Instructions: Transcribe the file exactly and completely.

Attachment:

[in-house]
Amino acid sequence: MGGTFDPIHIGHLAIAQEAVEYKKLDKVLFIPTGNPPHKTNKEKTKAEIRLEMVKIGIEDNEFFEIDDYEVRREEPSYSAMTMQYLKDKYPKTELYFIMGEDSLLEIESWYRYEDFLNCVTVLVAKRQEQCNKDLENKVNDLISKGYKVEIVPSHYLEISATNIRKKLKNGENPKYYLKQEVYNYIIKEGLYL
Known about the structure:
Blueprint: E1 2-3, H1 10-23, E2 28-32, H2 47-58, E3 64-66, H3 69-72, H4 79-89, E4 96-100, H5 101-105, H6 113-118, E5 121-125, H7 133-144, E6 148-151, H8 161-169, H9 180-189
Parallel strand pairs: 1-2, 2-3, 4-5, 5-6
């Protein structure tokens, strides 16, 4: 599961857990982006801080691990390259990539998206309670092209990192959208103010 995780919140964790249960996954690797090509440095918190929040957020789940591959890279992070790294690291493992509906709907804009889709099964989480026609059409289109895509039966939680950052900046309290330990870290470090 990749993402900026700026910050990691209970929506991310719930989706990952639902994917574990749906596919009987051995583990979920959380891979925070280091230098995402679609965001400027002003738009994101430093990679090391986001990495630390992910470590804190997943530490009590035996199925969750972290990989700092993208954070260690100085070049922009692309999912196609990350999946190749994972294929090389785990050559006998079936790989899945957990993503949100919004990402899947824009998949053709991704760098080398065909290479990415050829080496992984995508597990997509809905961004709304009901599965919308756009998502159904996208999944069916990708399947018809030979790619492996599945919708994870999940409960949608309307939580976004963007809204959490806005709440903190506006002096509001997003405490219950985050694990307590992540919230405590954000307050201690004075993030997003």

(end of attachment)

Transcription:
[in-house]
Amino acid sequence: MGGTFDPIHIGHLAIAQEAVEYKKLDKVLFIPTGNPPHKTNKEKTKAEIRLEMVKIGIEDNEFFEIDDYEVRREEPSYSAMTMQYLKDKYPKTELYFIMGEDSLLEIESWYRYEDFLNCVTVLVAKRQEQCNKDLENKVNDLISKGYKVEIVPSHYLEISATNIRKKLKNGENPKYYLKQEVYNYIIKEGLYL
Known about the structure:
Blueprint: E1 2-3, H1 10-23, E2 28-32, H2 47-58, E3 64-66, H3 69-72, H4 79-89, E4 96-100, H5 101-105, H6 113-118, E5 121-125, H7 133-144, E6 148-151, H8 161-169, H9 180-189
Parallel strand pairs: 1-2, 2-3, 4-5, 5-6
């Protein structure tokens, strides 16, 4: 599961857990982006801080691990390259990539998206309670092209990192959208103010 995780919140964790249960996954690797090509440095918190929040957020789940591959890279992070790294690291493992509906709907804009889709099964989480026609059409289109895509039966939680950052900046309290330990870290470090 990749993402900026700026910050990691209970929506991310719930989706990952639902994917574990749906596919009987051995583990979920959380891979925070280091230098995402679609965001400027002003738009994101430093990679090391986001990495630390992910470590804190997943530490009590035996199925969750972290990989700092993208954070260690100085070049922009692309999912196609990350999946190749994972294929090389785990050559006998079936790989899945957990993503949100919004990402899947824009998949053709991704760098080398065909290479990415050829080496992984995508597990997509809905961004709304009901599965919308756009998502159904996208999944069916990708399947018809030979790619492996599945919708994870999940409960949608309307939580976004963007809204959490806005709440903190506006002096509001997003405490219950985050694990307590992540919230405590954000307050201690004075993030997003």